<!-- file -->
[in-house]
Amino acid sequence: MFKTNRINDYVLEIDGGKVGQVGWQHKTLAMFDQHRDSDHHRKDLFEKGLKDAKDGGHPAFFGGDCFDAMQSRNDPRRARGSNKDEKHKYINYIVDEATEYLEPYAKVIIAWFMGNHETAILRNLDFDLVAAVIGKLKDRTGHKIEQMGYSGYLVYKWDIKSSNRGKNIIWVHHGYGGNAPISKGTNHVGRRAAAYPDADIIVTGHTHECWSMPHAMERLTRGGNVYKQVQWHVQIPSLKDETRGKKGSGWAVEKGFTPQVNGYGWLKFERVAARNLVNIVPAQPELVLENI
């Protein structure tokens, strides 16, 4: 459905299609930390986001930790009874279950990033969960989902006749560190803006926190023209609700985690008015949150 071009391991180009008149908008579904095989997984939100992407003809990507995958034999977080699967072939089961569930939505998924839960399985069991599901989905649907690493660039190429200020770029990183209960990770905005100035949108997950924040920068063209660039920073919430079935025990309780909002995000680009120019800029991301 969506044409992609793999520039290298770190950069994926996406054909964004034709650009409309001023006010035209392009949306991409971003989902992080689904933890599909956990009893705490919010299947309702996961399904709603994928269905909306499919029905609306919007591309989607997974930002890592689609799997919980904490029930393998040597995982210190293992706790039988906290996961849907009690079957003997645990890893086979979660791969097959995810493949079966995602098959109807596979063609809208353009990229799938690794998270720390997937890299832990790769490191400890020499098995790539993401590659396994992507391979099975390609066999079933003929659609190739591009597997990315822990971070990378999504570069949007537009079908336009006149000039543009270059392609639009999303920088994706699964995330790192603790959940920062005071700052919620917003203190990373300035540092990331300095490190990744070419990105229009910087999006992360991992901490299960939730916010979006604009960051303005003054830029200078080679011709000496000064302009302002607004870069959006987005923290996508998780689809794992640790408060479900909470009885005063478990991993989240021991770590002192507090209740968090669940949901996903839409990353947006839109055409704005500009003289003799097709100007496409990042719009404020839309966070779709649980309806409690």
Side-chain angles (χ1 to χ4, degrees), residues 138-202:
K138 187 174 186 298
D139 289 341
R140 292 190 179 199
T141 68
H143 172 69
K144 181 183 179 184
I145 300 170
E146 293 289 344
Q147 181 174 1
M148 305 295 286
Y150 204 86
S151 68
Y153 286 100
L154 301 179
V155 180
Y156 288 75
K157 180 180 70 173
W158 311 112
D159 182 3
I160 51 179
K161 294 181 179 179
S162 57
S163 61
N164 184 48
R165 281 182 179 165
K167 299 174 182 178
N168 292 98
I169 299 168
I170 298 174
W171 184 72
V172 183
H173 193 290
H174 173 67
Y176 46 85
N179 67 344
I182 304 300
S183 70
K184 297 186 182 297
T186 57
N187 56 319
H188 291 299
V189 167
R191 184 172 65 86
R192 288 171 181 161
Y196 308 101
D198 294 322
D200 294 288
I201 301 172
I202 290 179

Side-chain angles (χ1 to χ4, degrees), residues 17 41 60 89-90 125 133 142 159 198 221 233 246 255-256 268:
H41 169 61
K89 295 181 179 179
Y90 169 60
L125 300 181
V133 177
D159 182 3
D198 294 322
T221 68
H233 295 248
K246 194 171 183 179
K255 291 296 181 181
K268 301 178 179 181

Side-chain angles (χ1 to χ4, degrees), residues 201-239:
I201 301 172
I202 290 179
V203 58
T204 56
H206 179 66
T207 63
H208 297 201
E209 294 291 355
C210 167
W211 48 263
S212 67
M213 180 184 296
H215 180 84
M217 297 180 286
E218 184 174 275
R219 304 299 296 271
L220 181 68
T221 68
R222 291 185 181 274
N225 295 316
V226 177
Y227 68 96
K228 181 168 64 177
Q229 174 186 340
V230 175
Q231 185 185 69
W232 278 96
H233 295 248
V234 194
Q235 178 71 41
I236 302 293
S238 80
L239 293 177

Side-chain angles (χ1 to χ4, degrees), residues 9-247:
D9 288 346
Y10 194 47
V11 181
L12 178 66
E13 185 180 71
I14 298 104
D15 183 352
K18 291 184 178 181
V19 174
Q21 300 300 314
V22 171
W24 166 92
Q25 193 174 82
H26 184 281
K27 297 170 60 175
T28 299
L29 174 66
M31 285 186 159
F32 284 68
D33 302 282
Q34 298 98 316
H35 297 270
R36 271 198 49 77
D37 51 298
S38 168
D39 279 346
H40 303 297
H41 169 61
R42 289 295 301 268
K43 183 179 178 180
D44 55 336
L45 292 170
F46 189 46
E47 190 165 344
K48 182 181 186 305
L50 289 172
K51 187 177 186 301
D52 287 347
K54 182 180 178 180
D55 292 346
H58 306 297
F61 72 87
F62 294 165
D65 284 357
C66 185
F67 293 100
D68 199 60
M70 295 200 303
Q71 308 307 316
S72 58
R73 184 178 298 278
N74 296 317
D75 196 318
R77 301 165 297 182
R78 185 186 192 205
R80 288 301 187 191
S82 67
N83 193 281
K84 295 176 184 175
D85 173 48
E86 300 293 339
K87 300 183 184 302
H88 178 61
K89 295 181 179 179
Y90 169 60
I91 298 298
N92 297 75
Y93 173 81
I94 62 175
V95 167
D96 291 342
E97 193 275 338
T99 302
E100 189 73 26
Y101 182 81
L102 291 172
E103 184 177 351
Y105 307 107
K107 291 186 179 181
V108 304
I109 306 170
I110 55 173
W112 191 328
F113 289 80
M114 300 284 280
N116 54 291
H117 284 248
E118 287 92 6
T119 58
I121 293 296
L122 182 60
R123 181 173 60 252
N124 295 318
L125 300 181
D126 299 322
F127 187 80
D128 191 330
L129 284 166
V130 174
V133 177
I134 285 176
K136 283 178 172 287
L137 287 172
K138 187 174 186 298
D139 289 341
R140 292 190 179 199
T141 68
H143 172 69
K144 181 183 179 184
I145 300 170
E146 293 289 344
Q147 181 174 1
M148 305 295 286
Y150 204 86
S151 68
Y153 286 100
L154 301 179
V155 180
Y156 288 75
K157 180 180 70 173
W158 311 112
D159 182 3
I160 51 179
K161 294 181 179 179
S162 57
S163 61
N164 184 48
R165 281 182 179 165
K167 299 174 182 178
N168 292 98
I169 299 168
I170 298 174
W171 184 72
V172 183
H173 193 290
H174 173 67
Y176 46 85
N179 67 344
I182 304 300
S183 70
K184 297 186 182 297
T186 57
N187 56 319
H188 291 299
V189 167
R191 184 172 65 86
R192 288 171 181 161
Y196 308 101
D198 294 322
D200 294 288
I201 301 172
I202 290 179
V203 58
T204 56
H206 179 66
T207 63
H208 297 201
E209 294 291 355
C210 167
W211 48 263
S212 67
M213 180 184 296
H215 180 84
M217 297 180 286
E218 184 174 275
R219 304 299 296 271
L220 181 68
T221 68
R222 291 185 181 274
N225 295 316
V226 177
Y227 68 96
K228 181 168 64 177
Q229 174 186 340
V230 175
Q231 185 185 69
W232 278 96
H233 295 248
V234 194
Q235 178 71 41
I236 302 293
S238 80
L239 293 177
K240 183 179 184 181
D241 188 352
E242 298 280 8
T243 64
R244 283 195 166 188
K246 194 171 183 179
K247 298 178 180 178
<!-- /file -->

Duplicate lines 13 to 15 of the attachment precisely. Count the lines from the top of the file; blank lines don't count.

Q147 181 174 1
M148 305 295 286
Y150 204 86